Sutton

A superb film. One of the best films I've seen in recent years, it has everything, beautifully shot, brilliant acting, great direction that moves from one fabulous scene to another, dry humour and a nice take on life. A film that makes you reflect.

Sutton

A superb film. One of the best films I've seen in recent years, it has everything, beautifully shot, brilliant acting, great direction that moves from one fabulous scene to another, dry humour and a nice take on life. A film that makes you reflect.

Kat

Sublime, intense and fellini-like film all embraced by an embracing soundtrack. You have to see it to face the view of Sorrentino of this delusional yet hopeful Italian society. A must see without doubt.

Kat

Sublime, intense and fellini-like film all embraced by an embracing soundtrack. You have to see it to face the view of Sorrentino of this delusional yet hopeful Italian society. A must see without doubt.

Roy

Very entertaining, at times confusing but always remains an engaging maintains an interesting balance between hedonism and awkward reality. The party and fun is interspersed with tales of love, success, failure, death and the unequivocal sense in Jep that perhaps his purpose has not yet been fulfilled. A search for vanity and clarity amidst a sweep of beautiful scenery, intellectual chatter in a truly enthralling work by Sorrentino.

Roy

Very entertaining, at times confusing but always remains an engaging maintains an interesting balance between hedonism and awkward reality. The party and fun is interspersed with tales of love, success, failure, death and the unequivocal sense in Jep that perhaps his purpose has not yet been fulfilled. A search for vanity and clarity amidst a sweep of beautiful scenery, intellectual chatter in a truly enthralling work by Sorrentino.

Simon Barrett

OK, I've not seen Il Divo (another untranslatable title). Sorrentino can plainly do cinematography but not character or relationships. I loved the scenery (but how is it possible to film Rome badly?) and the comedy. Sorrentino satirizes his shallow, vain lead maybe a tenth of the time, and those bits work; the rest of the time he plainly identifies. (The Artist with a Broken Heart!) At the periphery Sorrentino does what Fellini did fifty years and more ago (though what starts out homage ends, alas, in parody); the core is one of buttock-clenching pretention. Forty characters in search of a script... My favourites? The son - and the reverend Sister!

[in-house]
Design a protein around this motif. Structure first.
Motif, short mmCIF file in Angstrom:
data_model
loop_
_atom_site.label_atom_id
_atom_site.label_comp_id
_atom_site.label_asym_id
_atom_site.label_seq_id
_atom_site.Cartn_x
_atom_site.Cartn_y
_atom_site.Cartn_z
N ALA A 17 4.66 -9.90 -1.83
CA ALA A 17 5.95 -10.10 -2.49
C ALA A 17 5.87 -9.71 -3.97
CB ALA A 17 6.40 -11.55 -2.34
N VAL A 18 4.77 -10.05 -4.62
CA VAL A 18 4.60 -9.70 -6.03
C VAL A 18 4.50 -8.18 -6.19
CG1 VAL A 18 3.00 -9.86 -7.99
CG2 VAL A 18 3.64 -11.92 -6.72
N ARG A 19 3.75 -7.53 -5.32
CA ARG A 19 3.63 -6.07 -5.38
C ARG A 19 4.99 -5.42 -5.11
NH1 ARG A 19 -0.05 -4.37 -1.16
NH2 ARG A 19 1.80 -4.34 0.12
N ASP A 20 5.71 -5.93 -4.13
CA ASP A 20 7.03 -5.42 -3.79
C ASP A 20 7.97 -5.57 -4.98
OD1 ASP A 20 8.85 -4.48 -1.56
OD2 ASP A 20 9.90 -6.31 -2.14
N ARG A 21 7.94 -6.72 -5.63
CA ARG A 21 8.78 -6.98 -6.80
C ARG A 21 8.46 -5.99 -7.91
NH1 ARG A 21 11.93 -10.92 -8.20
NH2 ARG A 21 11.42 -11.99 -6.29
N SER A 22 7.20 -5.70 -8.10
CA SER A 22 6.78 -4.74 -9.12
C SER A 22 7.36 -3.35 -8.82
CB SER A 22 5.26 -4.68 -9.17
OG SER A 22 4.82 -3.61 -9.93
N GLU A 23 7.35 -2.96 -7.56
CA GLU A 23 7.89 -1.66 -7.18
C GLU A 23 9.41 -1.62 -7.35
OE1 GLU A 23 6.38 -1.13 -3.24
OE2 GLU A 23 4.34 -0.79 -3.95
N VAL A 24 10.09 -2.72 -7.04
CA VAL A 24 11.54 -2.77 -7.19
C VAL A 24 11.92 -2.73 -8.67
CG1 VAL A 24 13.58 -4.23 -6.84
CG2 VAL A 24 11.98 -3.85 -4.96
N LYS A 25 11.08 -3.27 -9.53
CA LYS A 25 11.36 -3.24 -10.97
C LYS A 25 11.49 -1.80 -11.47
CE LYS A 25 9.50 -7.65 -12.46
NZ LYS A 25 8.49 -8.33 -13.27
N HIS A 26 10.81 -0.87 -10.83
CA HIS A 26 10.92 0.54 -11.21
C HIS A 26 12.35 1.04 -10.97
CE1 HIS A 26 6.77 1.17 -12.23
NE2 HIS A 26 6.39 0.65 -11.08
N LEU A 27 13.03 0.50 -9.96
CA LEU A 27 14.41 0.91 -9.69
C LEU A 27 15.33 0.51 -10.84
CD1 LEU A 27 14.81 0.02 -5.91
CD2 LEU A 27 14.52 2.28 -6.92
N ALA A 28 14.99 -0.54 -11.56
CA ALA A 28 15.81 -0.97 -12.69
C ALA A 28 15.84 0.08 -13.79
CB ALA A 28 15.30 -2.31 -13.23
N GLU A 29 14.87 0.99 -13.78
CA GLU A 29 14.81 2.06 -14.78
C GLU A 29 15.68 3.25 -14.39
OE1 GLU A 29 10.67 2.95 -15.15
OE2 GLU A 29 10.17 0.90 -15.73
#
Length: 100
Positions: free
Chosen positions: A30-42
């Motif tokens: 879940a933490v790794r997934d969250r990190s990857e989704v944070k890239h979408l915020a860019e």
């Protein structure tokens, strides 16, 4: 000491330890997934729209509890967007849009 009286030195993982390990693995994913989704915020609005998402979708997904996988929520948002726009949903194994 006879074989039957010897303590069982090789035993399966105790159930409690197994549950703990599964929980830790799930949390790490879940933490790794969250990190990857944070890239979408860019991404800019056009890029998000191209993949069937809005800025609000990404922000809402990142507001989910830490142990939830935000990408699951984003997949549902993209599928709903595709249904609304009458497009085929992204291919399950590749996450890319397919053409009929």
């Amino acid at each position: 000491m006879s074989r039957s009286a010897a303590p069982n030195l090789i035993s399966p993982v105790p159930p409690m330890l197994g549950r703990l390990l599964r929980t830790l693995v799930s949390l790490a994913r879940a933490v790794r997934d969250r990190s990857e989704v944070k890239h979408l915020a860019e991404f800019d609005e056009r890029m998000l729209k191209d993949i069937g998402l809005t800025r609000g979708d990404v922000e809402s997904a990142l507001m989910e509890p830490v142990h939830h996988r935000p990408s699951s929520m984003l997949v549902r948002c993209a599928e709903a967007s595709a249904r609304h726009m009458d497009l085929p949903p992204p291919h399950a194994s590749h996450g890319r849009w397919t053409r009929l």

Sally

Saw this film last night and it is wonderful. It is beautiful to watch, has a great soundtrack, some humourous moments and i highly recommend it.

Sally

Saw this film last night and it is wonderful. It is beautiful to watch, has a great soundtrack, some humourous moments and i highly recommend it.

Rosella

La grande Bellezza (the great beauty) is not easy to pinpoint, yes there is some type of erratic narrative: celebrated writer Jep Gambardella (Servillo), self-declared king of the nightlife in Rome, turns 65 (by throwing a party which would've had Berlusconi's approval-Bunga Bunga) and reminisces about life. He has never written a follow-up on his only novel, as he was too busy partying and did not find the great beauty. In reality, it is a dreamlike film, beautifully shot, filled with colours, pretensions and parodies of it, hedonism, melancholy, extravagance, bravado and just very Italian, with love and religious intermingled in it- a mixture of Fellini (La dolce vita) and Lurhman. Whether the film is art or kitsch, doesn't matter...it is a tour de force and does not bore for the 2.5 hrs it lasts- it is celebrating the mortality of man, but is actually not very deep.

David Glowacki

An aging male who lives a life of opulent decadence,His desperate efforts at staying youthful involves lusting for young female bodies and having botox injections.Yet in spite of his conquests and high living he feels life slipping away,and increasing hollowness.and sense of failure.The film is shot in that wonderful Fellini manner ie close ups of decaying,fading magnificent Roman architecture .The director captures close ups of strange faces similar to Expressionist paintings from WW1..It is sometimes confusing but certain scenes are riveting with moving dialogue.It has quite of lot of wit also..4 stars